The feeling of driving a vehicle that wants to keep on truckin' is special, and friends marvel at its endurance, even while they are changing vehicles. I am not sure when the passage of time will demand a change for myself regarding transportation, but for now I plan to stay the course with the Toyota that is already part of my narrative from the Lowcountry Outdoors.

To view pas blog entries from my Trusty Toyota Tacoma click on 450,000 miles - 400,000 miles - 350,000-miles

To view past blog entries from my New Year's Eve Toast click on 20172016 20152014 - 2013 - 2012 - 2011 - 2010 - 2009   
The Morning After Hurricane Matthew in Charleston







Saturday, January 13, 2018

2018 Duck Hunt in Frozen Bootheel of Missouri

Duck decoys frozen in place - and slippery walking!
We tried to land ducks in a pothole opened via axe
With rain in the forecast, which is a surefire way to loosen up areas of frozen ice, we headed into the bootheel of Missouri (after Arkansas) to hunt ducks in the small town of Gobler. This portion of the Mississippi River delta is flat, and very fertile farming ground. Ricefields and other grainfields stretch as far as the eye can see, and it is prime duck habitat. The local farmers have learned that they can lease pit blinds to avid duck hunters in order to increase and diversify revenue after the harvest. We booked a room at a hunting lodge that was built on farmland not far from where we would hunt.
            
With the ice frozen about 6-inches thick, our guides had carved out a hole only about 6-feet by 6-feet for us to try to attract the ducks. Decoy spreads and motion decoys are set up on the ice all around the water hole, and the goal is to get any ducks to come land right in the water, or maybe come close enough to shoot at. This system worked well enough for some to harvest a few ducks. Hunting conditions were tough, but locals were using trolling motors, ice eaters, axes and shovels to try and keep a patch of open water.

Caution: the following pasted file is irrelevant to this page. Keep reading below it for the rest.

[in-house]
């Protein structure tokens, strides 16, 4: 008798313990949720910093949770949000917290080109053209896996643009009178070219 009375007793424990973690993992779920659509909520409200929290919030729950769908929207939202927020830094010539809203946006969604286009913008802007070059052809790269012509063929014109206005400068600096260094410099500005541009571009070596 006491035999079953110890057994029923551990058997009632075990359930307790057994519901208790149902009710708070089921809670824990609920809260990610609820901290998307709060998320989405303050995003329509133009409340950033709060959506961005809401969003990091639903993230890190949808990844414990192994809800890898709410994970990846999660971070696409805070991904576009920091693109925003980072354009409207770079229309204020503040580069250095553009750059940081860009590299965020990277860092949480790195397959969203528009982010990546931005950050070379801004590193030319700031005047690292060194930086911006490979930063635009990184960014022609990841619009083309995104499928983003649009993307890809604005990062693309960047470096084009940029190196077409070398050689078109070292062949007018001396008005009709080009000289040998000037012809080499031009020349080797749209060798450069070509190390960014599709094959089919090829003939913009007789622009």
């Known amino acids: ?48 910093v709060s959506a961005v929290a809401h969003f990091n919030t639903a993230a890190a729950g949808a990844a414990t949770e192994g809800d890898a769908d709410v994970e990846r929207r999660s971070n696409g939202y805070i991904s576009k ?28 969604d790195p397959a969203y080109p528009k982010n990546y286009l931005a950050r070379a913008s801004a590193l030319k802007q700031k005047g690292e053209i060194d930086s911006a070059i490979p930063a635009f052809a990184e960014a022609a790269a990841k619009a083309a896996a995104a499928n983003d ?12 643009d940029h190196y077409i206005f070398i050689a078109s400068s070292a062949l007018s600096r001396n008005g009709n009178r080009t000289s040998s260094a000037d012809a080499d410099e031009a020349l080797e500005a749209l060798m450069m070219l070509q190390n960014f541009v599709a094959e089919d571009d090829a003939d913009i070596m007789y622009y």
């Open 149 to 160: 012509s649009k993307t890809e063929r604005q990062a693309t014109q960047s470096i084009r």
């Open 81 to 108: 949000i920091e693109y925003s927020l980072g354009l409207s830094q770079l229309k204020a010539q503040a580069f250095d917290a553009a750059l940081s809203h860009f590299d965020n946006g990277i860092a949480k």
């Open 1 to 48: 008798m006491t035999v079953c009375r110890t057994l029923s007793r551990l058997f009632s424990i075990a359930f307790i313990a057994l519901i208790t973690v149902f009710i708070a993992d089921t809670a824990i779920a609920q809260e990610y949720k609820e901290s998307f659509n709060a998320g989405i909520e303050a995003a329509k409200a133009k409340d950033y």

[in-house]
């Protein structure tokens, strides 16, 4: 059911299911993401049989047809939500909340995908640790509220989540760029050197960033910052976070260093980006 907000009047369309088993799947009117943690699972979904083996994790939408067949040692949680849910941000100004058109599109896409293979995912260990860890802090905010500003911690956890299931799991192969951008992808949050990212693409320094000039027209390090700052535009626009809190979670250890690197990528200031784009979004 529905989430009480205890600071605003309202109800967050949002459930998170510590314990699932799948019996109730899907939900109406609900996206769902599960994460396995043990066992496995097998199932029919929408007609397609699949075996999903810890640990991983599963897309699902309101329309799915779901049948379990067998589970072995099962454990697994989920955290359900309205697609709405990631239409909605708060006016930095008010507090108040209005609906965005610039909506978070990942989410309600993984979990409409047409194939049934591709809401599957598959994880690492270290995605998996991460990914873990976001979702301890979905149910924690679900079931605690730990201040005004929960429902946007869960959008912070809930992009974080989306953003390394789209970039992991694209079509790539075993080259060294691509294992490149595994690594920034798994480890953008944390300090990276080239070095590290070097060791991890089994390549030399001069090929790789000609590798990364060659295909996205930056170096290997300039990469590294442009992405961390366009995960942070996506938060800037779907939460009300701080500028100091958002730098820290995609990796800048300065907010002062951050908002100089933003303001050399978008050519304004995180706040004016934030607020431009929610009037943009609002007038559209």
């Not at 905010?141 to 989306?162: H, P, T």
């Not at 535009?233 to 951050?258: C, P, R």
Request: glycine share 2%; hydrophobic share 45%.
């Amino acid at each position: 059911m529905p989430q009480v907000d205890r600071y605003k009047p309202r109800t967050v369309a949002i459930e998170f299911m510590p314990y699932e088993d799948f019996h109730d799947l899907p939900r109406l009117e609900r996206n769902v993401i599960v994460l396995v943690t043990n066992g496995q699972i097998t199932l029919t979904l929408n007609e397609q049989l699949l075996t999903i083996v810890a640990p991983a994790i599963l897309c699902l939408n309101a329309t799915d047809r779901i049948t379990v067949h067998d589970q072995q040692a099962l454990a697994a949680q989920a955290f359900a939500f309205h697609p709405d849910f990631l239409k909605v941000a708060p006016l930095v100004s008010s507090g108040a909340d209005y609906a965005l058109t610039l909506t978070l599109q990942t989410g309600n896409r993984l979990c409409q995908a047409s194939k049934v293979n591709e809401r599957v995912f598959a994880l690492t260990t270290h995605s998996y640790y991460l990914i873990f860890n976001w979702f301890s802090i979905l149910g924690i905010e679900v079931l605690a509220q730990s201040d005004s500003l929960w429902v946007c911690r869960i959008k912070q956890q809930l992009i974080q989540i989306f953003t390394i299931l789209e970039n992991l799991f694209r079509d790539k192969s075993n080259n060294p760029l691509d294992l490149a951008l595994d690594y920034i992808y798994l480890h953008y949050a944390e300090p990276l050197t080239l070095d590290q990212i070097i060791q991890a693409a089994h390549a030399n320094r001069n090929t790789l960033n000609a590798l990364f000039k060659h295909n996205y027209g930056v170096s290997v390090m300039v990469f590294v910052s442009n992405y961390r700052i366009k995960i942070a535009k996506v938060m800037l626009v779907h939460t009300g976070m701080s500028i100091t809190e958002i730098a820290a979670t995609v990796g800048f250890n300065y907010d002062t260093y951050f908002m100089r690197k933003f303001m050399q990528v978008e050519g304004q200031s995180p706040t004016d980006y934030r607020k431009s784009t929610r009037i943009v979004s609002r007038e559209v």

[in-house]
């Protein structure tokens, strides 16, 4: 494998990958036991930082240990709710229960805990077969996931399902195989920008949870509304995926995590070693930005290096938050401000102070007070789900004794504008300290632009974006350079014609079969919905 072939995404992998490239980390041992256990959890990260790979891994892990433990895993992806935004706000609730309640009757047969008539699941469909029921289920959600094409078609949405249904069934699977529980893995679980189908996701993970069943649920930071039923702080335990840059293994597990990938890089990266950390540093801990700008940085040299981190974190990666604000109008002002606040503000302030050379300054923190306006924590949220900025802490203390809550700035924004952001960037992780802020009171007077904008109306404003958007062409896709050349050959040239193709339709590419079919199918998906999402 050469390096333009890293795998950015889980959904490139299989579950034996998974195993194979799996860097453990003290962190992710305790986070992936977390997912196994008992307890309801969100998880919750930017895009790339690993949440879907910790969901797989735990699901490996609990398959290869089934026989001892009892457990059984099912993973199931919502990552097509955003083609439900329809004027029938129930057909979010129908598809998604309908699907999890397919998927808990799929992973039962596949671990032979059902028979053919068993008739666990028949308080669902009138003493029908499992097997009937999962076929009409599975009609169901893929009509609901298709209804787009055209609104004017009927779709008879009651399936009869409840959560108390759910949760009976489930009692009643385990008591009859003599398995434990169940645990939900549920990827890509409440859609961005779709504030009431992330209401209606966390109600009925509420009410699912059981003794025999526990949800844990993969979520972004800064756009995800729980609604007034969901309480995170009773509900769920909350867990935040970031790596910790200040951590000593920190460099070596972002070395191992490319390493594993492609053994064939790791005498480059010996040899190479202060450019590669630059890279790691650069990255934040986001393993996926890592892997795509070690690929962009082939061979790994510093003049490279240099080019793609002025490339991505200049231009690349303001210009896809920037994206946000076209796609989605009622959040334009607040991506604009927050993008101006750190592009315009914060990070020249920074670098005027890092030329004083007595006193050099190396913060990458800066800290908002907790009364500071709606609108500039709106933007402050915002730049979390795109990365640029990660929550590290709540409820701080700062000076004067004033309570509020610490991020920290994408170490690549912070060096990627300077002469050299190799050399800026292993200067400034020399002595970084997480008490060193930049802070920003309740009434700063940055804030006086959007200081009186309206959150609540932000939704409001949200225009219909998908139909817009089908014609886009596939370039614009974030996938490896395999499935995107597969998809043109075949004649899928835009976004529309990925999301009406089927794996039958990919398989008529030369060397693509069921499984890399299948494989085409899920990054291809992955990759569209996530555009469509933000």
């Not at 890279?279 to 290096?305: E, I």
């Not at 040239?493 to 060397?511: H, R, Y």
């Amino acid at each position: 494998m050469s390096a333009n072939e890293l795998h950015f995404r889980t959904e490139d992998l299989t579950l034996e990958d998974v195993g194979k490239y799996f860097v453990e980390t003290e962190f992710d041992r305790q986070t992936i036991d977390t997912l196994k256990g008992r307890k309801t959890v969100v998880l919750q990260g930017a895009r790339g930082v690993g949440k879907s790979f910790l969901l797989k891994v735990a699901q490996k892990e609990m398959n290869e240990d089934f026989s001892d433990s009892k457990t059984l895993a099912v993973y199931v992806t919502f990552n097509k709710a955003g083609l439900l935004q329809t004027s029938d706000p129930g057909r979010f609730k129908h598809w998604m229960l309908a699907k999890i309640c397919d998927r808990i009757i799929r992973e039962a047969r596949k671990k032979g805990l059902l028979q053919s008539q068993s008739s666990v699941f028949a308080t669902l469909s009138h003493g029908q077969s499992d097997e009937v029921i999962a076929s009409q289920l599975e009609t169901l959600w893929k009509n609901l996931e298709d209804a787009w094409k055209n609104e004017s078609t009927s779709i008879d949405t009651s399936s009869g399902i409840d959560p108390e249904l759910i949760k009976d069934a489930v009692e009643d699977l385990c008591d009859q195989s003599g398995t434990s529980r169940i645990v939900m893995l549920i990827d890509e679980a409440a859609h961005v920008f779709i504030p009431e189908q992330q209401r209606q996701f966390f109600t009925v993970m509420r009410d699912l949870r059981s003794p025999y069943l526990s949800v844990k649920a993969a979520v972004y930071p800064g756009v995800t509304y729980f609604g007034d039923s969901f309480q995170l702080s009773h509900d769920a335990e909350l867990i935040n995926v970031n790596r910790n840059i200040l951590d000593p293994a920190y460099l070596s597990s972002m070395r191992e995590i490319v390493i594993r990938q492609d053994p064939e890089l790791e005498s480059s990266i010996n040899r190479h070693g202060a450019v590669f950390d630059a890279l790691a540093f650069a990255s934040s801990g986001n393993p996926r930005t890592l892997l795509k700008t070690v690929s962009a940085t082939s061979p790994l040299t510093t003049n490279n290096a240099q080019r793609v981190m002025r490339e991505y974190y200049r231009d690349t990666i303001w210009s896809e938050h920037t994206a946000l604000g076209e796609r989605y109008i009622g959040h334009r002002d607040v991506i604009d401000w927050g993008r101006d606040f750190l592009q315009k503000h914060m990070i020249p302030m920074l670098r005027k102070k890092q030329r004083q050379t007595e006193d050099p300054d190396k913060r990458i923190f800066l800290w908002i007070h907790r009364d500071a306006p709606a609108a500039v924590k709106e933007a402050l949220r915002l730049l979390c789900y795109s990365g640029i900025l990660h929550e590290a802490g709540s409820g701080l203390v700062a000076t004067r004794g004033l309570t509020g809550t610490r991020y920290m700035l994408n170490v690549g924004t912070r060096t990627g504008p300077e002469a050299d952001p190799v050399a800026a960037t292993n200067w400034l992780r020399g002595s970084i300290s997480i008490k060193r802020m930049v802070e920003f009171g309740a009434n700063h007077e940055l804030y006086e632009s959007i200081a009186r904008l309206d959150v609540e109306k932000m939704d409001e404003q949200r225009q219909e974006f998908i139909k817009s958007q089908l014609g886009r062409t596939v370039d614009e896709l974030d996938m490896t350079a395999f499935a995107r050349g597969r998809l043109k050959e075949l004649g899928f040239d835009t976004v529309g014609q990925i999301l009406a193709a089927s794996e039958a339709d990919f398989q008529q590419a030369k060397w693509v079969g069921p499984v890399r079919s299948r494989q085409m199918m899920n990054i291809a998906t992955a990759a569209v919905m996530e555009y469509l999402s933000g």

Elk Chute Hunt Lodge in Gobler, Missouri
Interesting nickname and just West of Memphis
It was painfully clear that we missed the thaw that everyone had longed for, but our window to visit was coming to a close, and we did the best we could. Visiting other states to hunt migratory ducks is a hobby for hunters who enjoy the pursuit of waterfowl. Each state can charge a separate hunting license fee, but in general it is quite a blessing to be able to move around and chase the ducks. This trip yielded lots of information that can be applied to future duck hunts to the Midwest, to revisit old hunting grounds and to make new friends. 

To view the entire feature article in the newspaper click on Colletonian.

To view past blog entries about duck hunting with Drake Field Experts click on Filming 2016 Migration Nation TV show September Geese - 2013 - 2012 - 2011 - 2014 S.C. State Duck Calling Champion

To view past blog entries about hunting ducks in the Midwest click on  Filming Ducks Unlimited TV show 


To view past blog entries for late January duck hunts click 20172016 - 2015 - 2014 - 2013 - 2012 - 2011 - 2010 - 2009

 To view past blog entries about hunting wood ducks click 2015 - 2014 - 2013 - 2012 - 2011 - 2010 - 2009

To View past blog entries from Mossy Oak Gamekeepers Magazine click Fall 2017 Spring 2016 Winter 2016 - Fall 2015 - Summer 2015 - Spring 2015 - Winter 2015 Fall 2014 - Summer 2014 - Spring 2014 - Winter 2013